Will Cable TV Peak? (In 2009?)

A media analyst predicts that cable TV’s inroads on capturing audience from broadcast networks will peak by 2009, collectively attracting about 57% of prime-time viewers. That’s up from 53% in 2004 and 43% in 2000. But that will be it, he says, unless cable networks choose to cut profit margins by ramping up spending for programming.”

Shorting The Short Story

You can’t make a living as a writer of short stories. “Oddly, though, you can still make a pretty good living by teaching other people how to write short stories. The form survives – and even thrives, in a forced, hothouse sort of way – because it has become the instructional medium of choice in most of our writing programs. The majority of people who enroll in these programs want to be novelists, but novels don’t lend themselves very readily to the workshop format, and so would-be novelists these days spend at least part of their apprenticeship working on stories.”

Customers Accuse Book Stores With Bias

Customers of Barnes & Noble and Borders are complaining that the anti-John Kerry book “Unfit for Command,” has been hard to find in the stores. And they’re charging the stores with political bias against the book. The stores say they just haven’t been able to keep up with demands. The book, which went on sale Aug. 11 with a first printing of 85,000, will have 550,000 copies in print by next week, according to Regnery Publishing.

Canadian National Looks For Bridge Funding

The National Ballet of Canada is looking for money to ease its transition into a new theate three years from now. “The opera and the ballet companies had been equal partners in the previous attempt to build an opera/ballet house — the $311 million Moishe Safdie folly that was cancelled in 1990. This time around, the ballet company decided the stakes were too high, and it preferred to invest its money in improving the company and creating new work rather than putting up its limited available dollars into bricks and mortar.That’s how the ballet company wound up being the chief tenant rather than co-owner of the new performing arts centre.”

Leon Fleisher’s Unlikely Cure

Pianist Leon Fliesher is back playing with two hands. The cure for the ailment that robbed him of the use of his right hand for so many years? Rolfing and botox. “Fleisher’s more specific medical crusade concerns what lies beneath his carpal tunnel syndrome, which is focal dystonia: His brain sends unwanted signals that leave his fingers involuntarily contracting. A specific form of rolfing, administered twice a month, gives his muscles the elasticity to perform better and to take in the effects of the botox, which erects a barrier to the unwanted contraction messages from the brain.”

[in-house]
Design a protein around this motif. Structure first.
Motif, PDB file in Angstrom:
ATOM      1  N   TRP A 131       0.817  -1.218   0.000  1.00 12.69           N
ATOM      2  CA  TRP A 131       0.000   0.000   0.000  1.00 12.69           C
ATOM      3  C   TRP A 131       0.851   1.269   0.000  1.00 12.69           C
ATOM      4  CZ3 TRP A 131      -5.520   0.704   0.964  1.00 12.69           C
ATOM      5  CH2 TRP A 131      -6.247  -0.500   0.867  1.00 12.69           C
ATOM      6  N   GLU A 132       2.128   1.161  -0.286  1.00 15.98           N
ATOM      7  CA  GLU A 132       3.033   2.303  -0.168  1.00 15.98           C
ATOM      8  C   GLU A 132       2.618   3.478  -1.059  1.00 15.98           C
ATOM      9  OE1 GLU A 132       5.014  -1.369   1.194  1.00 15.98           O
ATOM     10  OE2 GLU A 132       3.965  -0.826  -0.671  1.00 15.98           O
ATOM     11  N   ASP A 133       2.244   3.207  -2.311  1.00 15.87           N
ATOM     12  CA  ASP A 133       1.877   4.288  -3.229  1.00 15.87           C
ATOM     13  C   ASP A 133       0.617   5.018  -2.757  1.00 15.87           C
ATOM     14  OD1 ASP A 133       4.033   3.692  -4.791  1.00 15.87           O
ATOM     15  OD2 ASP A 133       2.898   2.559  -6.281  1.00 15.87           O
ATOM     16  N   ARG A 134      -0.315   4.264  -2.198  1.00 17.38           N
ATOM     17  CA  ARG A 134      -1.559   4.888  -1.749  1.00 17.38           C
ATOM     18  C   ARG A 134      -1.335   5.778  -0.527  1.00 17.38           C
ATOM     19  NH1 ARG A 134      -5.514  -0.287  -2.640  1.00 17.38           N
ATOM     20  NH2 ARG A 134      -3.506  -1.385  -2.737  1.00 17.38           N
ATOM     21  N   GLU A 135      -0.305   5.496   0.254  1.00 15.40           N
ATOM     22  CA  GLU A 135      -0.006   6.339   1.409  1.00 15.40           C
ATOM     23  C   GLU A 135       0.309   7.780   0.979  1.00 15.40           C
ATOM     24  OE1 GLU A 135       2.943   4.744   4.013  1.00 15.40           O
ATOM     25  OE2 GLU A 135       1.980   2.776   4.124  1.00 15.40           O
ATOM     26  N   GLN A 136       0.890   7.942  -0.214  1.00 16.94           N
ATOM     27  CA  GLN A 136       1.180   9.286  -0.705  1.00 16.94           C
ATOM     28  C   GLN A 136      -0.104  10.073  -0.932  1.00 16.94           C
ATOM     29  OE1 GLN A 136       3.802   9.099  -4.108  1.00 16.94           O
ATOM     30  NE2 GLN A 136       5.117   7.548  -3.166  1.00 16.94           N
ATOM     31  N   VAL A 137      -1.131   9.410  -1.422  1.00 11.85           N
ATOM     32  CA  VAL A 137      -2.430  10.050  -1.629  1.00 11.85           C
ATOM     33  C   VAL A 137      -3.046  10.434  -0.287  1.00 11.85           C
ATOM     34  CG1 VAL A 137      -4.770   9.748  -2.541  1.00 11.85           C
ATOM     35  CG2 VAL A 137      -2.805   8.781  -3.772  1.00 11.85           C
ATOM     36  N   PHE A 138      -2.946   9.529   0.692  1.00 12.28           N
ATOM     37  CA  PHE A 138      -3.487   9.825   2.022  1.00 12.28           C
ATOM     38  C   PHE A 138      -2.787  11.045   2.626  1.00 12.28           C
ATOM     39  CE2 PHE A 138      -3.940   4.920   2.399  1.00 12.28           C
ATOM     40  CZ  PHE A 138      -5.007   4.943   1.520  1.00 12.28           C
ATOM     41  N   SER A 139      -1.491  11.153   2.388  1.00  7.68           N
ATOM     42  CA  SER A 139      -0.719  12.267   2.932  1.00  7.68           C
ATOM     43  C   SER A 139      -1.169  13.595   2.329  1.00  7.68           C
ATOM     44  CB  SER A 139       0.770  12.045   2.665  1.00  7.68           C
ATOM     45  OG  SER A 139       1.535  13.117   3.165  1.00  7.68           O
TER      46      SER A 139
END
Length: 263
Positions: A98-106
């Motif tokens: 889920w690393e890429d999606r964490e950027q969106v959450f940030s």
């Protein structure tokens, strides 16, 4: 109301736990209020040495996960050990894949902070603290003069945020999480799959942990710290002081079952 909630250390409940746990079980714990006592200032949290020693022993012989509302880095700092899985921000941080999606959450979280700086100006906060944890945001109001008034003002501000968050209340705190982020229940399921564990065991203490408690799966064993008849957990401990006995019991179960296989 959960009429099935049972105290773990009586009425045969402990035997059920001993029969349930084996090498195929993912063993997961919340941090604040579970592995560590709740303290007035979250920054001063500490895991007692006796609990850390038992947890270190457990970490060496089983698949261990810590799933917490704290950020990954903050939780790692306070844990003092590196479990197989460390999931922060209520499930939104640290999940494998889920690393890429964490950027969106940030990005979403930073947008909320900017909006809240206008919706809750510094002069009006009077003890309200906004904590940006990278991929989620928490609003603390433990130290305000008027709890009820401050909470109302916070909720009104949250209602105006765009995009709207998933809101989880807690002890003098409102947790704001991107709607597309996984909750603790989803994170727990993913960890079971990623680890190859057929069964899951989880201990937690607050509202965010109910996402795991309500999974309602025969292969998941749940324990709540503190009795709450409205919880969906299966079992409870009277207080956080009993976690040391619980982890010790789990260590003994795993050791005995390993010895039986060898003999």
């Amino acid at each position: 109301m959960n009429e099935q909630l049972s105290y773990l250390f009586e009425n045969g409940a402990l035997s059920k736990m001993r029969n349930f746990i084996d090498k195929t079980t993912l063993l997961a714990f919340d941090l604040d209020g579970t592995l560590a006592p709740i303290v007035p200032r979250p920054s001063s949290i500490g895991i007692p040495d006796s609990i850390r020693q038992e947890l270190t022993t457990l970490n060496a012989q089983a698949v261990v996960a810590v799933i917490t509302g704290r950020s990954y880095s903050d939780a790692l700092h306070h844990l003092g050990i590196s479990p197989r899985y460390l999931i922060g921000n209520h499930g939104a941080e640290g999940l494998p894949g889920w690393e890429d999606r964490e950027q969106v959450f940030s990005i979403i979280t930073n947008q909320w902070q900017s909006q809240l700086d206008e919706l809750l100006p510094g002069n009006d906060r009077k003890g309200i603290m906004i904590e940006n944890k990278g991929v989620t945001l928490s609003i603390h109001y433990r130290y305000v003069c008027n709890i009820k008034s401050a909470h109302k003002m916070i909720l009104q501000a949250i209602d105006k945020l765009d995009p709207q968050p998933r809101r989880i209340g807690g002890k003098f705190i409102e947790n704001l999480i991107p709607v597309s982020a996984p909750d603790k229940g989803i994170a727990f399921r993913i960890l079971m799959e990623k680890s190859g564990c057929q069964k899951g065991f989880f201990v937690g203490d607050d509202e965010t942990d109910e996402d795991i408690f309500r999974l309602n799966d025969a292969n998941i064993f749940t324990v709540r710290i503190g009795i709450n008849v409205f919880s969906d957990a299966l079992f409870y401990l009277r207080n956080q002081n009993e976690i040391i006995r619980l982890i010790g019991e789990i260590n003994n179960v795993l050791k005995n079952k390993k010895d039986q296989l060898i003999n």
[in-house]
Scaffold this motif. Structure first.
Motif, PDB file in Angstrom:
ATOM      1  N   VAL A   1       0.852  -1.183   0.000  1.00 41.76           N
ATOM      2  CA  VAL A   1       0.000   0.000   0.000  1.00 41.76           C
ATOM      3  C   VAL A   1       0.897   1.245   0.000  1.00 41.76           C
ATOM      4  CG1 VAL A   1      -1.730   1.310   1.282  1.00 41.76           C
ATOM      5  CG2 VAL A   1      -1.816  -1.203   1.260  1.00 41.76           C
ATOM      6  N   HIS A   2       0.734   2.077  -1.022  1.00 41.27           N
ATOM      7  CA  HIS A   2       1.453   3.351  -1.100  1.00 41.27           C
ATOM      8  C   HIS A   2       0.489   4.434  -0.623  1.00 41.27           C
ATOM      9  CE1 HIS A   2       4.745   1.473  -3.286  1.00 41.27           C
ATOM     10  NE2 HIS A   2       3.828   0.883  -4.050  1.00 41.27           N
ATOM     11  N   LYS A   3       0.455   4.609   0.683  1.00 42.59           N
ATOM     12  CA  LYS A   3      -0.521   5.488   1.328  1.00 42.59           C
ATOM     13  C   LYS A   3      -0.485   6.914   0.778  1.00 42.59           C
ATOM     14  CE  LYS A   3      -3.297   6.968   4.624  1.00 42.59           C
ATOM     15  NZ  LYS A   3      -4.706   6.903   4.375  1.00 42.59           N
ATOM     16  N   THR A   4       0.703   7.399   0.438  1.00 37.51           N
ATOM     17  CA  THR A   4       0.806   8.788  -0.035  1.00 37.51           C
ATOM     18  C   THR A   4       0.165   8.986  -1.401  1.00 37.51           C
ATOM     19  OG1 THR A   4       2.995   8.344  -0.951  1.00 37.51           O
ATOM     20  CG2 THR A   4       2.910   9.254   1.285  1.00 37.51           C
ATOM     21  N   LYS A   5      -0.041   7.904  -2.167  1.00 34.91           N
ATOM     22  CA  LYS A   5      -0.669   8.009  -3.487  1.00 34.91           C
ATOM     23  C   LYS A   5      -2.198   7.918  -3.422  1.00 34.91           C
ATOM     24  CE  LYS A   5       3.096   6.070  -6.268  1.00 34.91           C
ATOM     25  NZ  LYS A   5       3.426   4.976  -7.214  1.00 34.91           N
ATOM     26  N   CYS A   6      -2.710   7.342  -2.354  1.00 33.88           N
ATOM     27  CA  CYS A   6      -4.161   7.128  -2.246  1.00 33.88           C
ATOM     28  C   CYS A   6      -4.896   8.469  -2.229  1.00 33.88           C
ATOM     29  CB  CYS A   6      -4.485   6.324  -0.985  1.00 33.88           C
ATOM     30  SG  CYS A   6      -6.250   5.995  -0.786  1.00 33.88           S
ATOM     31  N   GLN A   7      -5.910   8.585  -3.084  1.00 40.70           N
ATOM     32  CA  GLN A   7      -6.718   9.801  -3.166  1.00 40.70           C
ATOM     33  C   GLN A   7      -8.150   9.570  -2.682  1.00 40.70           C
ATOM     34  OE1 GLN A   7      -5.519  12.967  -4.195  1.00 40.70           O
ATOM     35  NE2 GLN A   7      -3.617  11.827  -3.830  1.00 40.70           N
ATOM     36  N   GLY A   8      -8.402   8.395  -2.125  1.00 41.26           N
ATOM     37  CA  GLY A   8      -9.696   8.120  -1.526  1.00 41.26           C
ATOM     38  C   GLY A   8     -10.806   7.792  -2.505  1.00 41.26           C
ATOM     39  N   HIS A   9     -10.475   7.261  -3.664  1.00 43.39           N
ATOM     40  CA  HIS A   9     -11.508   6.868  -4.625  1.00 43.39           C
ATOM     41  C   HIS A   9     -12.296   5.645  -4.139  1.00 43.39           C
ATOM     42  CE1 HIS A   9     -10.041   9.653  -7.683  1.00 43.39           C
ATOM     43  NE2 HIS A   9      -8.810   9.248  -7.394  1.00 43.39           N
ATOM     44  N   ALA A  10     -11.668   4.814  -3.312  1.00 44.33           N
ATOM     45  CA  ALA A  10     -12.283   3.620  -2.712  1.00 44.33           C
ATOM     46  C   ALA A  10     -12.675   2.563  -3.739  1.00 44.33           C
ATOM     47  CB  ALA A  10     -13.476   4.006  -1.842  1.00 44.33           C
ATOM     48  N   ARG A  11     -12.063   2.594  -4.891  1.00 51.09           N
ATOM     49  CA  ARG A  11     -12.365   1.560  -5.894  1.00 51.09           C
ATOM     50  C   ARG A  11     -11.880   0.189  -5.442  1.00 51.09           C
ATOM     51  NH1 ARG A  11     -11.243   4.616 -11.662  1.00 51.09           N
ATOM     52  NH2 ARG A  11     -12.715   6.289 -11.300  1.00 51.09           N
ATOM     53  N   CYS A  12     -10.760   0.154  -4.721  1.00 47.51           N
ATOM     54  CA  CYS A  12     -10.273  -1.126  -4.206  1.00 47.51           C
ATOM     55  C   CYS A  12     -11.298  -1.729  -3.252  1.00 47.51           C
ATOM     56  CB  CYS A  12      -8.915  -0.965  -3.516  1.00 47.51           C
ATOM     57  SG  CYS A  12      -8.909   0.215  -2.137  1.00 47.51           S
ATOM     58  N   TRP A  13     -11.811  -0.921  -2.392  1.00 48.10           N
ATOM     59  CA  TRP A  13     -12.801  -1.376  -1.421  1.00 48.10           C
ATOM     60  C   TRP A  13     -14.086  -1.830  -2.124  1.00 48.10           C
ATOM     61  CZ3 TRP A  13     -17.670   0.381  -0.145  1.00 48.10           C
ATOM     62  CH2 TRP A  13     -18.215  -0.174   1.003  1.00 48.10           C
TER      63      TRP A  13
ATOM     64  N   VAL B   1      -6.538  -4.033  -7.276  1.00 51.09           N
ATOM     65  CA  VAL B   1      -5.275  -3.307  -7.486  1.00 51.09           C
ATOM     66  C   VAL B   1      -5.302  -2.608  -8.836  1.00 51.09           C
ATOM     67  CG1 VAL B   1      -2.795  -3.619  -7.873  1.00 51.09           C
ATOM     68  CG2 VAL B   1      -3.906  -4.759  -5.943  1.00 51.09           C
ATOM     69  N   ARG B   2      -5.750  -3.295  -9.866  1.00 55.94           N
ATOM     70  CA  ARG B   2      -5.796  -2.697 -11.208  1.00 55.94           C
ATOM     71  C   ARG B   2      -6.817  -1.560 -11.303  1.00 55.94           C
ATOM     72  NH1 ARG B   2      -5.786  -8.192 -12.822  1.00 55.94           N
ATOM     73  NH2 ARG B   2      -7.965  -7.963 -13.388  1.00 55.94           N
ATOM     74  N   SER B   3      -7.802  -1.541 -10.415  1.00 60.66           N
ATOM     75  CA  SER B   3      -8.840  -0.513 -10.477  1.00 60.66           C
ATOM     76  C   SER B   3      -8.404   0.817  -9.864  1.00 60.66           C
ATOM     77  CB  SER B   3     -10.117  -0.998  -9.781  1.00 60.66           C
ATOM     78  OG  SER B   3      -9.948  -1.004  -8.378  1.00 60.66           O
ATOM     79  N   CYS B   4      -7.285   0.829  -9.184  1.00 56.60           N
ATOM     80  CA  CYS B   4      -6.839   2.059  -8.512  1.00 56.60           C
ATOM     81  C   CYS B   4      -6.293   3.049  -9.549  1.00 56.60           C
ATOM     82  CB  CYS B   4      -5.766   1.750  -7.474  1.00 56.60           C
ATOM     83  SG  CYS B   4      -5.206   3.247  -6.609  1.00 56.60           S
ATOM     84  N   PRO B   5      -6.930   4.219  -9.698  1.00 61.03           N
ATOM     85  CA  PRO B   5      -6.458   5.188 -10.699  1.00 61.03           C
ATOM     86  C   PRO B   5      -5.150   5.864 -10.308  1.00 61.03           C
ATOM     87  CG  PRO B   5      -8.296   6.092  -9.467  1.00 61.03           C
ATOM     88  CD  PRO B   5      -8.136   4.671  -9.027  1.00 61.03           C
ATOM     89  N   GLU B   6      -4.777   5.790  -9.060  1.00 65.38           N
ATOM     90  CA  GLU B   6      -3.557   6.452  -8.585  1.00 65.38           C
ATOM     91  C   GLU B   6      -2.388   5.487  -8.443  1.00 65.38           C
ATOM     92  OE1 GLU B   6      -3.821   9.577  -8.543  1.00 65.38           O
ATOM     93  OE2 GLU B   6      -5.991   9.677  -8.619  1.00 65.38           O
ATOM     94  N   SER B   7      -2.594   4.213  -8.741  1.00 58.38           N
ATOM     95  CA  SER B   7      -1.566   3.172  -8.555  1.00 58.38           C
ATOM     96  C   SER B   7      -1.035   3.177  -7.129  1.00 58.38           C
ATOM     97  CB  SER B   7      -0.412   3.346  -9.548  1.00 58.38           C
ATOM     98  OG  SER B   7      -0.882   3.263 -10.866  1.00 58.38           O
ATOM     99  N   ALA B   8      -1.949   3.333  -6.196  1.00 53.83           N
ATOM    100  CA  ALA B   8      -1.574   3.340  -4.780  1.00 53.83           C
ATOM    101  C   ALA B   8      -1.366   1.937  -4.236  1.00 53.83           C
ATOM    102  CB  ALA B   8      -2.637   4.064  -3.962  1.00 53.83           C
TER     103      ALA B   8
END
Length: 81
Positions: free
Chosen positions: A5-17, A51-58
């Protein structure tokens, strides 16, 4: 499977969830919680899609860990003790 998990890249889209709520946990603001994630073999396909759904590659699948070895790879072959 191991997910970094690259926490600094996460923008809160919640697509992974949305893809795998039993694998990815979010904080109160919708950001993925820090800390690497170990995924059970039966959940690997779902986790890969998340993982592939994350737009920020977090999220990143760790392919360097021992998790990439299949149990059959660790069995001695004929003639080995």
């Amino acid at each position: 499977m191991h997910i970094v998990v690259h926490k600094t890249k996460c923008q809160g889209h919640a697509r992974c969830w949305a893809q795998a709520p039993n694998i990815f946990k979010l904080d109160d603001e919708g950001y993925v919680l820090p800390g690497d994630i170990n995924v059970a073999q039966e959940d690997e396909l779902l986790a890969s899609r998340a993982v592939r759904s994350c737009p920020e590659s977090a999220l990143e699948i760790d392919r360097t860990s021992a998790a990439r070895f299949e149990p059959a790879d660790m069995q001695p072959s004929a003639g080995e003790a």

Colleges Find Download Alternatives

Telling college students no to download music isn’t a winning strategy. So universities have been looking for alternatives to illegal downloads. “Over the past year, schools have started using legal music download services, tried various technologies to block peer-to-peer traffic and beefed up education efforts and this work has helped address the problem.”

Florida’s New Orchestra

The Florida Philharmonic is no more, but South Florida has a new orchestr – the Boca Raton Philharmonic Symphonia. “The 29-member chamber orchestra will be made up almost entirely of former Florida Philharmonic Orchestra members. The ensemble is slated to present five concerts in the 2005-06 season.”

Fear For Condition Of Munch Paintings

Not much progress in the Munch painting theft. The Oslo museum had had plans to upgrade security, but those plans hadn’t been carried out. Meanwhile, witnesses say the thieves treated the paintings with violence as they were stealing them: “I saw the robbers kick, wrench and hit the paintings in order to loosen them from the frame. They didn’t treat the paintings well and unfortunately I believe that the odds are high that the pictures were damaged or destroyed.”